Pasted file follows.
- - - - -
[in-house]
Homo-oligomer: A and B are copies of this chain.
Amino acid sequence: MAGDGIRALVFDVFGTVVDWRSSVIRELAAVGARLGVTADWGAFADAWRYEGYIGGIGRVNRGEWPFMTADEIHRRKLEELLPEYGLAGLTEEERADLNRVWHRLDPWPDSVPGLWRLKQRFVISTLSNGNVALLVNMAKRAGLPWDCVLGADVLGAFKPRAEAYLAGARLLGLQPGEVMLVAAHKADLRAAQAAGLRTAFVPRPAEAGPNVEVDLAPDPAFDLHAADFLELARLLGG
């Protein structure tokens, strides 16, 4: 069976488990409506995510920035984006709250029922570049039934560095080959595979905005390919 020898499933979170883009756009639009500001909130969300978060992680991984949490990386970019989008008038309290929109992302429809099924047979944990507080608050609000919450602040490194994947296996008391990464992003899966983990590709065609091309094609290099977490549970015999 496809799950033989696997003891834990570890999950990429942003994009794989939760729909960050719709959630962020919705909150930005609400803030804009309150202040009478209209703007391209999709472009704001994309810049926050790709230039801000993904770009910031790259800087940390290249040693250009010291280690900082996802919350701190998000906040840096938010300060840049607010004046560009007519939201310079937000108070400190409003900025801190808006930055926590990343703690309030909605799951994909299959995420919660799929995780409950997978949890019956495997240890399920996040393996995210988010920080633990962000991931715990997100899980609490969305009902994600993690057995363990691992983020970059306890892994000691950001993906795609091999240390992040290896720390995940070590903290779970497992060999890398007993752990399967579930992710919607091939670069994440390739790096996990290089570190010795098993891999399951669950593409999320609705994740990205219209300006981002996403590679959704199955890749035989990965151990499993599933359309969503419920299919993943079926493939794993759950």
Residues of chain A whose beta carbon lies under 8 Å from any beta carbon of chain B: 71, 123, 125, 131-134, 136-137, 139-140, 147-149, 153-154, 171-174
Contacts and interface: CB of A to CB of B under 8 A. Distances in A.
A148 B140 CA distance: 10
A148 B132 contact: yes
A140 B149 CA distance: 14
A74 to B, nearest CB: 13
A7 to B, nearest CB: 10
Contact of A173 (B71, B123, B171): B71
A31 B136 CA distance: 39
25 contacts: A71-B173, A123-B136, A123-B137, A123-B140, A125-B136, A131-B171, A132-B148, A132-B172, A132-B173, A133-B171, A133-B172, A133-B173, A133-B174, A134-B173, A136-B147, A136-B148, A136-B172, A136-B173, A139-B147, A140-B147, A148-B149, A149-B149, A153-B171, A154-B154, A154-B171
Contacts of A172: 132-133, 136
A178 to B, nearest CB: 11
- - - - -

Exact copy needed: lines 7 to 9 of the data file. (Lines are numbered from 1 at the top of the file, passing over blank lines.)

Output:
A148 B140 CA distance: 10
A148 B132 contact: yes
A140 B149 CA distance: 14